Purpose Tumor induced osteomalacia (TIO) is a rare disease of mineral metabolism, whose clinical picture is dominated by hypophosphatemia usually due to an excess of circulating FGF23 produced by small mesenchymal tumors. Data on the real prevalence of the disease are lacking, with the knowledge of the disease mainly relying on case reports and small case series. No estimate is available on the prevalence of uncured TIO. Methods National multi-center, cross-sectional and retrospective study on persistent or recurrent cases of TIO followed in referral centers for bone diseases; systematic review of the published persistent and recurrent cases of TIO. Data from patients consecutively evaluated in referral Italian centers for bone diseases were collected; a PubMed search on persistent, recurrent and unoperable cases of TIO was carried out. Results Sixteen patients (mean age at diagnosis 52.5 +/- 10.6 years) with persistent (n = 6, 37,5%), recurrent (n = 7, 43.7%) or not operable (n = 3, 18.8%) TIO were described. Delay in diagnosis (2.5 +/- 1.3 years) was demonstrated. All patients experienced fragility fractures or pseudofractures and disabling bone and muscle pain. BMD was significantly reduced (mean T-score -2.7 +/- 1.7 and -2.7 +/- 0.9 at lumbar spine and femoral neck, respectively). Fourteen patients were maintained under therapy with phosphate salts and calcitriol, while in 2 patients therapy with burosumab, an anti-FGF23 antibody, was commenced. Conclusion A significant number of patients with TIO remain either undiagnosed for tumor localization or tumor recur or persist after surgery. These patients with active disease represent possible candidates for burosumab treatment.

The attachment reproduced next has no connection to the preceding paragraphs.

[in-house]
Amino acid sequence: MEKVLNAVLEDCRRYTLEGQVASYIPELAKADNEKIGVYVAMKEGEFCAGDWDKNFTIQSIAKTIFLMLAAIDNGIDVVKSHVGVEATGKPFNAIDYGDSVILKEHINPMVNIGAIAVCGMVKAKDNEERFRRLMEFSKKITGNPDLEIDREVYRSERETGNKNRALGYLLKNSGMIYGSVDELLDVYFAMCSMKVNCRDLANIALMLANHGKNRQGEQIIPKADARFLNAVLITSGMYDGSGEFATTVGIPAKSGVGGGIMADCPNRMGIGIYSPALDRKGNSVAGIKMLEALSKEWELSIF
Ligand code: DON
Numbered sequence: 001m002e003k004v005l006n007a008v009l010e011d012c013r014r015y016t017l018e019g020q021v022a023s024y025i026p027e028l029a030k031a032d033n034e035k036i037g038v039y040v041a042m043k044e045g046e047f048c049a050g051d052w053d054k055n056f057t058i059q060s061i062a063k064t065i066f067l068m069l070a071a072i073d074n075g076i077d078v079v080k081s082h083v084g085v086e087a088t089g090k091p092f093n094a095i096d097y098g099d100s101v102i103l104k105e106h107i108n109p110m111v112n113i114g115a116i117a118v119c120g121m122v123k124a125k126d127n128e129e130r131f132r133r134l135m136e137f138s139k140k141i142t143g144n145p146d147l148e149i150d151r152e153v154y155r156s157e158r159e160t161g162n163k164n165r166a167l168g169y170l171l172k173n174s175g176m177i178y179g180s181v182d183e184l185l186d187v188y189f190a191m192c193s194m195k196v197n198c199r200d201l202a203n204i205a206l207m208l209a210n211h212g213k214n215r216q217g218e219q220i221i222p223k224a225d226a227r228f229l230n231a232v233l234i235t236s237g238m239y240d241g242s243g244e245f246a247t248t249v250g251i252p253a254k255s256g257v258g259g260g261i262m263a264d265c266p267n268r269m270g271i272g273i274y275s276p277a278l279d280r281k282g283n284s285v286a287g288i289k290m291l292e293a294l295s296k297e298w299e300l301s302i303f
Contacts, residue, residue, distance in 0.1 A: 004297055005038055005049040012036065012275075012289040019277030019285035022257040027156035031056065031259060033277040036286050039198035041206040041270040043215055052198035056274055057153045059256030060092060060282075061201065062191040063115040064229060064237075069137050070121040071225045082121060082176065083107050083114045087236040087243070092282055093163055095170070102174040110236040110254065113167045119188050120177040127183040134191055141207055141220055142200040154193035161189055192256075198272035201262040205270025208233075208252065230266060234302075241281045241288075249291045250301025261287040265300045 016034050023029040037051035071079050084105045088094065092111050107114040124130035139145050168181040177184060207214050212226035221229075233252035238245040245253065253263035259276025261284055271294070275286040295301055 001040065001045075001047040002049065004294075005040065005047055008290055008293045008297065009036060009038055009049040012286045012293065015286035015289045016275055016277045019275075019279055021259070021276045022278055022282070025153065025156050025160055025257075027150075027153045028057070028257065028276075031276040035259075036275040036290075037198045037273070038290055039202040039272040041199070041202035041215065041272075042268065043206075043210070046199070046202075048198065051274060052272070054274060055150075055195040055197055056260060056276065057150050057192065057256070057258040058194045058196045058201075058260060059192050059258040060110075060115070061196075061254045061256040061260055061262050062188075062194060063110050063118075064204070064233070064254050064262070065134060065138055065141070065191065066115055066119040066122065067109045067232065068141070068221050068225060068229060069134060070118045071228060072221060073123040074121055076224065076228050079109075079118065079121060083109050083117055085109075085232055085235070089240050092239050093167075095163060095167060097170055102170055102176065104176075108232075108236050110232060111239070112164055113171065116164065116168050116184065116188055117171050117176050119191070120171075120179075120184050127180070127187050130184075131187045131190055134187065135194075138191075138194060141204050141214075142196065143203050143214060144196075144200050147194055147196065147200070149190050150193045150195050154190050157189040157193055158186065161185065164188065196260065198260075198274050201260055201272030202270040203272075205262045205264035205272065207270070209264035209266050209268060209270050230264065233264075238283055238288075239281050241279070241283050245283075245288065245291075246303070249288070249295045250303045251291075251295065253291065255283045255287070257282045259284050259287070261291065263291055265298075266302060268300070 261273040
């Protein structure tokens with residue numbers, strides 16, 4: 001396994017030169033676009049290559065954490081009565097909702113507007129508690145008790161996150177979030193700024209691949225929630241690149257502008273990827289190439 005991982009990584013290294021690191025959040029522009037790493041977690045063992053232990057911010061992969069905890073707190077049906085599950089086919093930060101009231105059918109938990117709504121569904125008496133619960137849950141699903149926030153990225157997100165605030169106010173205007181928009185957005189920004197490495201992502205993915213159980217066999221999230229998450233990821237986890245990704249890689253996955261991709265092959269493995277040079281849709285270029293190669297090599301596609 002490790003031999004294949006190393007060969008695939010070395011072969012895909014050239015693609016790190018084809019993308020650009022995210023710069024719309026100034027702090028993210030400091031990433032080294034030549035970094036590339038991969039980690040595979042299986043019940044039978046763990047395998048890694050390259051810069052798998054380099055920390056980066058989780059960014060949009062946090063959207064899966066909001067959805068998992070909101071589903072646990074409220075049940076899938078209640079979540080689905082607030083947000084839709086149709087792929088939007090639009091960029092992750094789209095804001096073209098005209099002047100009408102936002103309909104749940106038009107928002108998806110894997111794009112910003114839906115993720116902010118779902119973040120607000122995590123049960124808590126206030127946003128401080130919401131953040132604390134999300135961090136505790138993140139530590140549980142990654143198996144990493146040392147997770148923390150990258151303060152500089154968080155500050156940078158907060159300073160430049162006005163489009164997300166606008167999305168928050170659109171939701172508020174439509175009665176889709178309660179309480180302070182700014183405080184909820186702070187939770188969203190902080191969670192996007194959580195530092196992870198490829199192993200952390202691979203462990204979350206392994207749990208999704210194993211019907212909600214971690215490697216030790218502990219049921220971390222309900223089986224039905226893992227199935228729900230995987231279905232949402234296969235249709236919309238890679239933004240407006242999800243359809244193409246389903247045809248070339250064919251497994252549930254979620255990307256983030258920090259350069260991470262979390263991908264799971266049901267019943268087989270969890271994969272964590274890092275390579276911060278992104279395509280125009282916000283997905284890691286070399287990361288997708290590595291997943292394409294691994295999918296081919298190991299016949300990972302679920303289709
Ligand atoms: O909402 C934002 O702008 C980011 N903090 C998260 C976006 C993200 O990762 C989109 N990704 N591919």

Persistence and recurrence in tumor-induced osteomalacia: A systematic review of the literature and results from a national survey/case series

Bertoldo, Francesco
Investigation
;
Crotti, Chiara;Gatti, Davide;Ombretta, Viapiana;Sella, Stefania;Setti, Angela;
2022-01-01

Abstract

Purpose Tumor induced osteomalacia (TIO) is a rare disease of mineral metabolism, whose clinical picture is dominated by hypophosphatemia usually due to an excess of circulating FGF23 produced by small mesenchymal tumors. Data on the real prevalence of the disease are lacking, with the knowledge of the disease mainly relying on case reports and small case series. No estimate is available on the prevalence of uncured TIO. Methods National multi-center, cross-sectional and retrospective study on persistent or recurrent cases of TIO followed in referral centers for bone diseases; systematic review of the published persistent and recurrent cases of TIO. Data from patients consecutively evaluated in referral Italian centers for bone diseases were collected; a PubMed search on persistent, recurrent and unoperable cases of TIO was carried out. Results Sixteen patients (mean age at diagnosis 52.5 +/- 10.6 years) with persistent (n = 6, 37,5%), recurrent (n = 7, 43.7%) or not operable (n = 3, 18.8%) TIO were described. Delay in diagnosis (2.5 +/- 1.3 years) was demonstrated. All patients experienced fragility fractures or pseudofractures and disabling bone and muscle pain. BMD was significantly reduced (mean T-score -2.7 +/- 1.7 and -2.7 +/- 0.9 at lumbar spine and femoral neck, respectively). Fourteen patients were maintained under therapy with phosphate salts and calcitriol, while in 2 patients therapy with burosumab, an anti-FGF23 antibody, was commenced. Conclusion A significant number of patients with TIO remain either undiagnosed for tumor localization or tumor recur or persist after surgery. These patients with active disease represent possible candidates for burosumab treatment.
Burosumab
FGF23
Hypophosphatemia
Phosphate
TIO
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Utilizza questo identificativo per citare o creare un link a questo documento: https://hdl.handle.net/11562/1063778
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